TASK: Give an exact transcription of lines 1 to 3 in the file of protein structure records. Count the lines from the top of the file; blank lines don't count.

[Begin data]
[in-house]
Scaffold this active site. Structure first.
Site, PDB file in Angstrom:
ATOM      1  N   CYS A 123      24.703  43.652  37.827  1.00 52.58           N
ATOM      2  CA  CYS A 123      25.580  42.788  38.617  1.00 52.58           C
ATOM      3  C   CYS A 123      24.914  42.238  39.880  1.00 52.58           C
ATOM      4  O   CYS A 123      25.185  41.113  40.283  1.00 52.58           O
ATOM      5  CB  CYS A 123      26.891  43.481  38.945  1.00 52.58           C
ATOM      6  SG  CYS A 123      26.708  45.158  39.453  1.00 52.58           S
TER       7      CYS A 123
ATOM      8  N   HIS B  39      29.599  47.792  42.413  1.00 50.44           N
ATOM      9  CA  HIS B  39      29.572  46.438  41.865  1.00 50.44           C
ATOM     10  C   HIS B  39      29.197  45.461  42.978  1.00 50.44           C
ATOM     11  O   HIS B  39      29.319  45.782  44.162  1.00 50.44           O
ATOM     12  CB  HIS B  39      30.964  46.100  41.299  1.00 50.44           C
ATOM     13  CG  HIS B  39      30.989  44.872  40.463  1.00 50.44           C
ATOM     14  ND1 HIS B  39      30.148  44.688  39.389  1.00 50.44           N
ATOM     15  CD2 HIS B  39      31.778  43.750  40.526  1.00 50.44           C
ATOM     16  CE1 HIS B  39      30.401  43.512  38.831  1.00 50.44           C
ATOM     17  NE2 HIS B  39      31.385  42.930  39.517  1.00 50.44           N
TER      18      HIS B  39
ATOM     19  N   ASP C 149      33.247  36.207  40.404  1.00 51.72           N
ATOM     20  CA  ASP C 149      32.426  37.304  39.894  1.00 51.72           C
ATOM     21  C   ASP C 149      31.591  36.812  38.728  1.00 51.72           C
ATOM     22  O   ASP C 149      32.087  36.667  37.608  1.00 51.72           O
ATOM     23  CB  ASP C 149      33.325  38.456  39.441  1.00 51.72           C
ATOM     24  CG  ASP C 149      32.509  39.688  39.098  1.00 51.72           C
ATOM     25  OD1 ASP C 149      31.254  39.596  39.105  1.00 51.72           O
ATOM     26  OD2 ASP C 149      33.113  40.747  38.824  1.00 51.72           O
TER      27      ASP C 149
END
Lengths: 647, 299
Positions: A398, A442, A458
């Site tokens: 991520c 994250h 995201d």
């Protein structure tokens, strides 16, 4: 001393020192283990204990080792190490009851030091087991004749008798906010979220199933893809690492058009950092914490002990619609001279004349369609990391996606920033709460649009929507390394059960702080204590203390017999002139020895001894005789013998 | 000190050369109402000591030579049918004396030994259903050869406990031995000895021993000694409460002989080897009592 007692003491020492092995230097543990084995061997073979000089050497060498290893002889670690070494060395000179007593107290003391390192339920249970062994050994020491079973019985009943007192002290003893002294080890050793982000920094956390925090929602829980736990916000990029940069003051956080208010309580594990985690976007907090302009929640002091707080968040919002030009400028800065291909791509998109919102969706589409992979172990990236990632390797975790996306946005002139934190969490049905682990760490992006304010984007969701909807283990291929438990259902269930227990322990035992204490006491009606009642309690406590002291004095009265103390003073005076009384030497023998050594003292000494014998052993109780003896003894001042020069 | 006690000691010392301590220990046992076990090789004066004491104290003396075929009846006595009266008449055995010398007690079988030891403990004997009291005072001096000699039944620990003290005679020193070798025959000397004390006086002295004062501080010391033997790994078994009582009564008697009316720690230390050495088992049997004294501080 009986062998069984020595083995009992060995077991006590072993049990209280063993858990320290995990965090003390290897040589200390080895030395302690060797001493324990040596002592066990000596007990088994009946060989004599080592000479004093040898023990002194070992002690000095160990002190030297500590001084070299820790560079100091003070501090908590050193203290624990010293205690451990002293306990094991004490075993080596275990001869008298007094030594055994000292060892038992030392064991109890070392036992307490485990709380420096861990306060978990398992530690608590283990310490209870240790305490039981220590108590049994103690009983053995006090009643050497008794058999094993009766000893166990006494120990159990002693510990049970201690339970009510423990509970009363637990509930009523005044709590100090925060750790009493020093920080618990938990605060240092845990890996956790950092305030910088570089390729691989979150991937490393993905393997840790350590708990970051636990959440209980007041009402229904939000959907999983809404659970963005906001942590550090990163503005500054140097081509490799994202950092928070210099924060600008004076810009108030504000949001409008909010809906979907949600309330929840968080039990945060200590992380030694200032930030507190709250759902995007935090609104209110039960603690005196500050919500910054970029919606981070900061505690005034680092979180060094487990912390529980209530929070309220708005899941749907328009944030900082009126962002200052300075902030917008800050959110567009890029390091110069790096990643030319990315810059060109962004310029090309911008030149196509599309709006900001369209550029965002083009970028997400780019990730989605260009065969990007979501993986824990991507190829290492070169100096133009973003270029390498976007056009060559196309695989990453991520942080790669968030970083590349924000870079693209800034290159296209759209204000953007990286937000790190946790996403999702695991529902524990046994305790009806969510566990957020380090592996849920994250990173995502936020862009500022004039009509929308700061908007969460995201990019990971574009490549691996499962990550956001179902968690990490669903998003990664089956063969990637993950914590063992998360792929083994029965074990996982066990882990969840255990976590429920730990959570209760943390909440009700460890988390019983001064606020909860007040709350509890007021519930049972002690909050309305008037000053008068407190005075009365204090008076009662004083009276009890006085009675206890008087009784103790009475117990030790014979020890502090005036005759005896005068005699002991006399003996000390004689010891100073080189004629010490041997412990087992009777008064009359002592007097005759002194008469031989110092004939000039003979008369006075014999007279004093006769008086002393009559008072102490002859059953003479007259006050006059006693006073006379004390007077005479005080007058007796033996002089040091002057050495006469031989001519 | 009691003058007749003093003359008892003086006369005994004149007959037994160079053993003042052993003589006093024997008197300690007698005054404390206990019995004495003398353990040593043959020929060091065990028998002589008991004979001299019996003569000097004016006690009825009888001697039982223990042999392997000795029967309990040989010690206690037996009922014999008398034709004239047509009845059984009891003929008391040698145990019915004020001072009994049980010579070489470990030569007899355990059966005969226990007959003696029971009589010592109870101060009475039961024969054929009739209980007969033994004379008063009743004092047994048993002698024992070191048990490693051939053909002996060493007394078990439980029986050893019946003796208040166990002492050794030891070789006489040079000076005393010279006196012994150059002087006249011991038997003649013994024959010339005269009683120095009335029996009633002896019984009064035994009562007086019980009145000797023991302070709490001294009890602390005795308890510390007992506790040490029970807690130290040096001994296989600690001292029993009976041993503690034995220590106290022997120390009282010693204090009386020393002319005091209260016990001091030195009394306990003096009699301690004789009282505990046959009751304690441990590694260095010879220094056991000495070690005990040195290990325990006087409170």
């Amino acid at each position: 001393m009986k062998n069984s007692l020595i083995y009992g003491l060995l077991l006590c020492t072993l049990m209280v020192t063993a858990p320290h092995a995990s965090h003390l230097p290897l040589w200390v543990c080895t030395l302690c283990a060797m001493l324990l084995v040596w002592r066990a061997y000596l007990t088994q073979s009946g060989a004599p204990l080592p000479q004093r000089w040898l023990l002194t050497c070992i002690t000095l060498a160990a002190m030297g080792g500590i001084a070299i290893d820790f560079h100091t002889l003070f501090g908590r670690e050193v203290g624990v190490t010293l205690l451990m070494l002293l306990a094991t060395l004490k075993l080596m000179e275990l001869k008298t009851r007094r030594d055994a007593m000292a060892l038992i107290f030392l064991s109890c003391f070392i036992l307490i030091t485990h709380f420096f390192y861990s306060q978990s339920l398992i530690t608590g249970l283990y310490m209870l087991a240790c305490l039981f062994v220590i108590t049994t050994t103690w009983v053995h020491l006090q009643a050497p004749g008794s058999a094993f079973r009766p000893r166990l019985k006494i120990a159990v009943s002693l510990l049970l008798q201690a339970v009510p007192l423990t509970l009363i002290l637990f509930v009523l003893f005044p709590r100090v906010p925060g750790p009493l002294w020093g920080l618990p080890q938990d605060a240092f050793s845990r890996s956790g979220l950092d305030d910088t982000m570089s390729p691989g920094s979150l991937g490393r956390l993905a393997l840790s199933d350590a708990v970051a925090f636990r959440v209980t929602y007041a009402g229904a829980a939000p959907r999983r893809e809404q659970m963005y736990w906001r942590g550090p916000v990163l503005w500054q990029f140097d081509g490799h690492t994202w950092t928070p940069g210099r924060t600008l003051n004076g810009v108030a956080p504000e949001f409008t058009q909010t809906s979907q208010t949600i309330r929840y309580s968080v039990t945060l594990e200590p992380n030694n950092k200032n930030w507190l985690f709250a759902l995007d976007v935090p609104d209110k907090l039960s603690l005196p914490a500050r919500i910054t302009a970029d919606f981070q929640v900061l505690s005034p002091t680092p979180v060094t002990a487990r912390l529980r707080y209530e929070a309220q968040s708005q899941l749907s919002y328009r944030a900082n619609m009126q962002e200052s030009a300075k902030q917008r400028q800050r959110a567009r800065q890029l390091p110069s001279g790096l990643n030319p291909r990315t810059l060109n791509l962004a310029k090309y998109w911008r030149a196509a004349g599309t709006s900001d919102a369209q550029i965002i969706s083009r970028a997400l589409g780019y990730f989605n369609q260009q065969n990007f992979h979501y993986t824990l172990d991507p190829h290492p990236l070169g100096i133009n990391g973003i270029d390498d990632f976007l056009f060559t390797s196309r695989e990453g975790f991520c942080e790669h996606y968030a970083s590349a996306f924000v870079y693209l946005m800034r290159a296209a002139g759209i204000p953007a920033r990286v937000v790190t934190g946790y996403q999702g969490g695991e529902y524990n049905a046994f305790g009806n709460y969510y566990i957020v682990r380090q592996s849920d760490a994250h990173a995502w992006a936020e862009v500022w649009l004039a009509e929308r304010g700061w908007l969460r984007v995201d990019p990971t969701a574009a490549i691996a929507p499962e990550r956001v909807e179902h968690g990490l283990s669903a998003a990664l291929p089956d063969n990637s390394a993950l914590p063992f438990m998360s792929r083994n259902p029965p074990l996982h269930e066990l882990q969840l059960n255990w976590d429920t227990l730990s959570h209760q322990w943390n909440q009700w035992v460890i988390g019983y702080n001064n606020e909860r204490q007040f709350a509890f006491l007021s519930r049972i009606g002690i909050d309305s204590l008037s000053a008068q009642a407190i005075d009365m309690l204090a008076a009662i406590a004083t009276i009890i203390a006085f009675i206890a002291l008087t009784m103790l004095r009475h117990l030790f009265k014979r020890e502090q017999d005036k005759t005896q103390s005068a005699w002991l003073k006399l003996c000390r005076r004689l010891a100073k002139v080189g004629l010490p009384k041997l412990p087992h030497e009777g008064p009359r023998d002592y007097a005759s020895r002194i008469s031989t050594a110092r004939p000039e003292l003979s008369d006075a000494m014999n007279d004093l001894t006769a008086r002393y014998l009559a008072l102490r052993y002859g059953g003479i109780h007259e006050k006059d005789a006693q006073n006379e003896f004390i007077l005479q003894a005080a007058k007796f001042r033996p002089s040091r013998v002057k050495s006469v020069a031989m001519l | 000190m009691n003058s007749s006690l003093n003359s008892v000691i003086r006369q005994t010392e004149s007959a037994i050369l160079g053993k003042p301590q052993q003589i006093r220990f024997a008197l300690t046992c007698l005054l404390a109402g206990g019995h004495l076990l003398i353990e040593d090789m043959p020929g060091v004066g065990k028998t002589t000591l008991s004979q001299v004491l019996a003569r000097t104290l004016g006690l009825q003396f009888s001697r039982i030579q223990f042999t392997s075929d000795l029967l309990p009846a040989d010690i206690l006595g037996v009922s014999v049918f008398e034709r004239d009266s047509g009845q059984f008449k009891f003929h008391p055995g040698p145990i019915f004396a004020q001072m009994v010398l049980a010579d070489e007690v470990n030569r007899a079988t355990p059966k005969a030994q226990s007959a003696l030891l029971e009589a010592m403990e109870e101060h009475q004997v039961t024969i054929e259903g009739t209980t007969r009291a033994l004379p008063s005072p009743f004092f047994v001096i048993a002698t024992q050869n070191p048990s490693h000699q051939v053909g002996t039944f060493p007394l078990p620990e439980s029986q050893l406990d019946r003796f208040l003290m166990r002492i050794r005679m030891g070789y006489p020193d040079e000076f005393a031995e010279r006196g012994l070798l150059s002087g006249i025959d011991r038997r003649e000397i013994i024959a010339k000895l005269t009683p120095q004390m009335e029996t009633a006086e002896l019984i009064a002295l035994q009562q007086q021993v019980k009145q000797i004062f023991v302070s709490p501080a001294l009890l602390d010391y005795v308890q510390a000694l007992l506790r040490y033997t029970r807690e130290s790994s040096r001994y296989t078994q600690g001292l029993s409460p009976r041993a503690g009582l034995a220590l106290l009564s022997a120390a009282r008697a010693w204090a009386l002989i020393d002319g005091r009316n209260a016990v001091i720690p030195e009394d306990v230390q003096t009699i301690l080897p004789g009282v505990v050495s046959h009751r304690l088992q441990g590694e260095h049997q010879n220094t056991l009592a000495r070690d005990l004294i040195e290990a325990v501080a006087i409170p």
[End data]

[in-house]
Scaffold this active site. Structure first.
Site, PDB file in Angstrom: